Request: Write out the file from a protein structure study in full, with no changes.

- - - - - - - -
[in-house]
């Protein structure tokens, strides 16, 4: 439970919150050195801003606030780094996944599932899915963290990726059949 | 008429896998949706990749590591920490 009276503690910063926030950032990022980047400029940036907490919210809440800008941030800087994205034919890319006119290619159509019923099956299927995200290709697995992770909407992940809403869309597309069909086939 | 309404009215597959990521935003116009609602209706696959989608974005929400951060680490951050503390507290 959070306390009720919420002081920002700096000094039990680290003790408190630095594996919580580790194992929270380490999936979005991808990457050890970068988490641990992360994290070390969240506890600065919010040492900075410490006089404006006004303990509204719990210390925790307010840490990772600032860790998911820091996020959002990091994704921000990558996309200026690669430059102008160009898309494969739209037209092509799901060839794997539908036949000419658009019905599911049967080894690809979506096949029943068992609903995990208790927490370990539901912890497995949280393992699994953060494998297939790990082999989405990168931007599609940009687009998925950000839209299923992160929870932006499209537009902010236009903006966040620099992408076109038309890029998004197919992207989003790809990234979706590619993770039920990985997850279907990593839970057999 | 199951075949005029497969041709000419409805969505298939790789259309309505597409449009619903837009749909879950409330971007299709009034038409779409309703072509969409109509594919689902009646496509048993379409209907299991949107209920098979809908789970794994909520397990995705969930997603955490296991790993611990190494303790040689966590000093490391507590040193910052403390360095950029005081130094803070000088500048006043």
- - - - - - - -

[in-house]
């Protein structure tokens, strides 16, 4: 439970919150050195801003606030780094996944599932899915963290990726059949 | 008429896998949706990749590591920490 009276503690910063926030950032990022980047400029940036907490919210809440800008941030800087994205034919890319006119290619159509019923099956299927995200290709697995992770909407992940809403869309597309069909086939 | 309404009215597959990521935003116009609602209706696959989608974005929400951060680490951050503390507290 959070306390009720919420002081920002700096000094039990680290003790408190630095594996919580580790194992929270380490999936979005991808990457050890970068988490641990992360994290070390969240506890600065919010040492900075410490006089404006006004303990509204719990210390925790307010840490990772600032860790998911820091996020959002990091994704921000990558996309200026690669430059102008160009898309494969739209037209092509799901060839794997539908036949000419658009019905599911049967080894690809979506096949029943068992609903995990208790927490370990539901912890497995949280393992699994953060494998297939790990082999989405990168931007599609940009687009998925950000839209299923992160929870932006499209537009902010236009903006966040620099992408076109038309890029998004197919992207989003790809990234979706590619993770039920990985997850279907990593839970057999 | 199951075949005029497969041709000419409805969505298939790789259309309505597409449009619903837009749909879950409330971007299709009034038409779409309703072509969409109509594919689902009646496509048993379409209907299991949107209920098979809908789970794994909520397990995705969930997603955490296991790993611990190494303790040689966590000093490391507590040193910052403390360095950029005081130094803070000088500048006043």